The expectations I set for last summer were so high that I had been disappointed for ending up without a single interview.
By the looks of how the academic year went, I was hopeful of at least being shortlisted for an interview and landing a medical school place for 2012 entry was obviously top of my agenda. But it turned out contrary to what I had expected would happen and was left frustrated like many in the same boat. I didn’t want to be irrational by forgetting the fact that there are more qualified applicants than places available. Hence, I rather opted to confront the challenge ahead by looking at the incident from two angles, either getting fixated on my rejections and fail to mature as a competitive applicant, or scrutinise my application and find areas where I can improve on, such as my personal statement, and gain further insight into what medicine entails through hands-on experience.
The fact that the big ‘30’ is encroaching made me fear the worst – failing to meet my career aspiration. It is a common knowledge that admission tutors will take into consideration applicants’ ages for the simple reason that medicine has one of the longest training periods to qualify. It is down to the medical schools’ admission system to pick up students that are worth spending the £250,000 (amount of money required to educate a single medical student) public fund and those who will comply with the General Medical Council’s (GMC) guidelines for Tomorrow’s Doctors. Subtly discriminating those who would not potentially serve the public for long years to come is so often what we as mature students fear most to no avail.
As the saying goes, “the grass is greener on the other side of the mountain,” and being a mature student also has its own merits in bringing up unique set of skills and experiences, both to the student environment and to the workplace, which are normally absent in school-leavers. After all I have felt like rejection was the right medicine for the grand reason that it made me look into my deficits in-depth and weigh my options realistically. Being introspective on the subject matter has helped me to be non-complacent on academic success only.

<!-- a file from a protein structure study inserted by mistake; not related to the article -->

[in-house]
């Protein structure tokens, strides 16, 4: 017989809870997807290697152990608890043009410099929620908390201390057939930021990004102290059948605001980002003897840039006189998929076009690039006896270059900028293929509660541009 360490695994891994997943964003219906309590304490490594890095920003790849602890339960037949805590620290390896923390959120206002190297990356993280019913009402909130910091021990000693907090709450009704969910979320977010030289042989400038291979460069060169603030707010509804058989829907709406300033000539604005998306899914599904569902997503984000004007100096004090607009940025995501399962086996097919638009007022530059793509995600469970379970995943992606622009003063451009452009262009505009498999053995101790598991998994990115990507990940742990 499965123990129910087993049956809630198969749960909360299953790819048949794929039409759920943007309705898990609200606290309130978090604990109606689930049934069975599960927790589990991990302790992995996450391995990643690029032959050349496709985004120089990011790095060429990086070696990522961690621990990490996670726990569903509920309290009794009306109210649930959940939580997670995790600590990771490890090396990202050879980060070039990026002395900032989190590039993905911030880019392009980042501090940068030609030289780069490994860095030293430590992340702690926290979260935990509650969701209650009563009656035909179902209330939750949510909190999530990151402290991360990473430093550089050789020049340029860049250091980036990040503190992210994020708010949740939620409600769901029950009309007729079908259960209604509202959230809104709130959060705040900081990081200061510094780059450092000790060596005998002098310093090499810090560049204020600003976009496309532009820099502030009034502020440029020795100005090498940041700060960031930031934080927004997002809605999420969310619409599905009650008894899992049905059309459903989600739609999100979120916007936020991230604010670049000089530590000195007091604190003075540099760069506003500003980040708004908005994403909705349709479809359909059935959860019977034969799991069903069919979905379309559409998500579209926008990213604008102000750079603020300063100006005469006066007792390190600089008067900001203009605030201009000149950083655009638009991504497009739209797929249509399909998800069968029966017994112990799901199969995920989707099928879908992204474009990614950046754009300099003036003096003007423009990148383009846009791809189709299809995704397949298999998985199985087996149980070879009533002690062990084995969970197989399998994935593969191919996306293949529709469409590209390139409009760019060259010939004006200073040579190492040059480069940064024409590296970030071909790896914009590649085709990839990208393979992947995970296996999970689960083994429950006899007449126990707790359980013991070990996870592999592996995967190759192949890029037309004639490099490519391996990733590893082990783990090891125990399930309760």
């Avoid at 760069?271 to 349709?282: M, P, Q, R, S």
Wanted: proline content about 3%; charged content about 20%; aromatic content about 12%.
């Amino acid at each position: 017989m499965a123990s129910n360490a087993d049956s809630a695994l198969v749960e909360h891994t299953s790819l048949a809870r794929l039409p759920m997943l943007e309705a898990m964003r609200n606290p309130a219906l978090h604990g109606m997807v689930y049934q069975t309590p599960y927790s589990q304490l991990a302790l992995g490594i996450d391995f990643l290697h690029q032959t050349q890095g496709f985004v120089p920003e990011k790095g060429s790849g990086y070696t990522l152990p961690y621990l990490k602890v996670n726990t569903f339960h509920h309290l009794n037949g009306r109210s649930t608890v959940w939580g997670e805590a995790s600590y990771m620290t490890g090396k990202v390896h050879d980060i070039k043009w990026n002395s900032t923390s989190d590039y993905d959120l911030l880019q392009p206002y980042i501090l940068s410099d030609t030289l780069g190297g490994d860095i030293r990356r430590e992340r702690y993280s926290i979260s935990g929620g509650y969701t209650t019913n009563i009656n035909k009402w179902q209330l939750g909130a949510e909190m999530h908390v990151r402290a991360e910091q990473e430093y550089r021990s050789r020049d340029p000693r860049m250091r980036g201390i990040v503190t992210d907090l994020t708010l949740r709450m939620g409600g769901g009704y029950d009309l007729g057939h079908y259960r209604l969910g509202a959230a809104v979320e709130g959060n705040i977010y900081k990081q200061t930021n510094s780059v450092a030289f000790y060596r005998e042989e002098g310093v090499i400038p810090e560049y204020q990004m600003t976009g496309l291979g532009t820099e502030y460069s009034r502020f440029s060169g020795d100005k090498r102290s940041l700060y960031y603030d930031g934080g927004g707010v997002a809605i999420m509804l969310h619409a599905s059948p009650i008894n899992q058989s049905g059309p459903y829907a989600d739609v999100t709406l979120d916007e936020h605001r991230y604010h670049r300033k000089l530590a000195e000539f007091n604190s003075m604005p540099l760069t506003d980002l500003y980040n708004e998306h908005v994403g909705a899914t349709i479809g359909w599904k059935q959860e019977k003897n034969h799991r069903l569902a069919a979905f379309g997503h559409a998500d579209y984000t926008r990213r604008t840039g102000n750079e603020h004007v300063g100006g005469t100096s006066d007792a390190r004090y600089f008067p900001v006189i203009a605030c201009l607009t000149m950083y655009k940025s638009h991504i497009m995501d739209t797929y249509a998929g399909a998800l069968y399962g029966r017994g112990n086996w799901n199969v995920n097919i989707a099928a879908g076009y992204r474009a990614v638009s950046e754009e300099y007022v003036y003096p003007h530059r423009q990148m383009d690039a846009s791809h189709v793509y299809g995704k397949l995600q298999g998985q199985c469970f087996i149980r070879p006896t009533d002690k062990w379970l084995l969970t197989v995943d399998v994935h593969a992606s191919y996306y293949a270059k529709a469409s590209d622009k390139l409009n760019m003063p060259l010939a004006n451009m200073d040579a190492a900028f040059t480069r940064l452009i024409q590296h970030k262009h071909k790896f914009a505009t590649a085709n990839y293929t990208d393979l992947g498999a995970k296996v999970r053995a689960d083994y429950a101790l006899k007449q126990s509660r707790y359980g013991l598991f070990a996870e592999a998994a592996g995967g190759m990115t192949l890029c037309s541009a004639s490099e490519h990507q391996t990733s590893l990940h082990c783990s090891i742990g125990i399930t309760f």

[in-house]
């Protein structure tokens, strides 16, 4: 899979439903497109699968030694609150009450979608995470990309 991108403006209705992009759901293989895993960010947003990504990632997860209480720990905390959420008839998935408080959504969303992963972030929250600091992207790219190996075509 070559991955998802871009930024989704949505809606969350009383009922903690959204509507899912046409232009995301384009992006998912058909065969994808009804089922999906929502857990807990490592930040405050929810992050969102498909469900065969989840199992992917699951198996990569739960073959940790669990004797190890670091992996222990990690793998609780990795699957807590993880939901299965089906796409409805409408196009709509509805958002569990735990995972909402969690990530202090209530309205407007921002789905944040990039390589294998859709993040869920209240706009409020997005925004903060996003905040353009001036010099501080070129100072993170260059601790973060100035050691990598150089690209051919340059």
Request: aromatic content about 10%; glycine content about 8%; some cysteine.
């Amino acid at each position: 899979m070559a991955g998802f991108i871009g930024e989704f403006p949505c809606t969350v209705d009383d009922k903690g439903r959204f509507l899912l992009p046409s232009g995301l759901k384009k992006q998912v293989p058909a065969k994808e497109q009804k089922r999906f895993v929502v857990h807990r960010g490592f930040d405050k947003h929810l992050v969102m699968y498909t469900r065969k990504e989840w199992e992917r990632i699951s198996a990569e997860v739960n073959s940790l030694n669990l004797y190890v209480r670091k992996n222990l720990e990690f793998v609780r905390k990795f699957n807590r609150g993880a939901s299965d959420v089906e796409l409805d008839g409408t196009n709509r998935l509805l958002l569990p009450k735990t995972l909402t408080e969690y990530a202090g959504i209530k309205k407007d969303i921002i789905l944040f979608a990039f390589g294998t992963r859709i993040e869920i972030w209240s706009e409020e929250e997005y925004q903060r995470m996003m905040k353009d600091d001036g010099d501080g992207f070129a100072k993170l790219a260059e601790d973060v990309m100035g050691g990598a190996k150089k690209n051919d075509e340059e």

A potential doctor needs to have a well-rounded personality and a decent hands-on work experience, which proves the candidate’s suitability to the profession and convince potential suitors. Towards the end of spring I was busy job hunting for a care-related position, preferably in the NHS. I managed to get two interviews: the first failed for no fault of my own but for unprecedented reasons related to the ongoing reforms in the NHS, whereas the second interview at an NHS Foundation Trust was destined for me. After waiting for couple of months for the pre-employment checks to be completed, I have started working as a Clinical Support Worker at the highly regarded Neurosciences Division, which is the major trauma centre in the North West, since last summer. I found the position physically and emotionally demanding that it has become both a humbling experience and an excellent stepping stone for a would be doctor, from the patient contact to team work to getting acquainted with the whole hospital environment. Most people assume medicine is a “posh” field by just looking at the glamour so often portrayed on the telly, but the reality is very far from it. Don’t get me wrong, it is a privilege to be in doctors’ position to listen to what is concerning patients and have the capacity to do something important in their life. But the ins and outs of medicine makes it one of the most stressful jobs that doesn’t favour the faint-hearted.
From the day I set my foot in, it has made me realise how we normally take every aspect of life for granted and how complex the nature of neurological conditions is, in particular with the elderly population. I have now started to feel like the summer ended on a high, working on a very rewarding and fulfilling position. It has equally instilled in me the belief that I currently have a more informed and deliberate plan on my chosen career choice, and the likelihood of getting into medical school seems more of a question of when rather than if.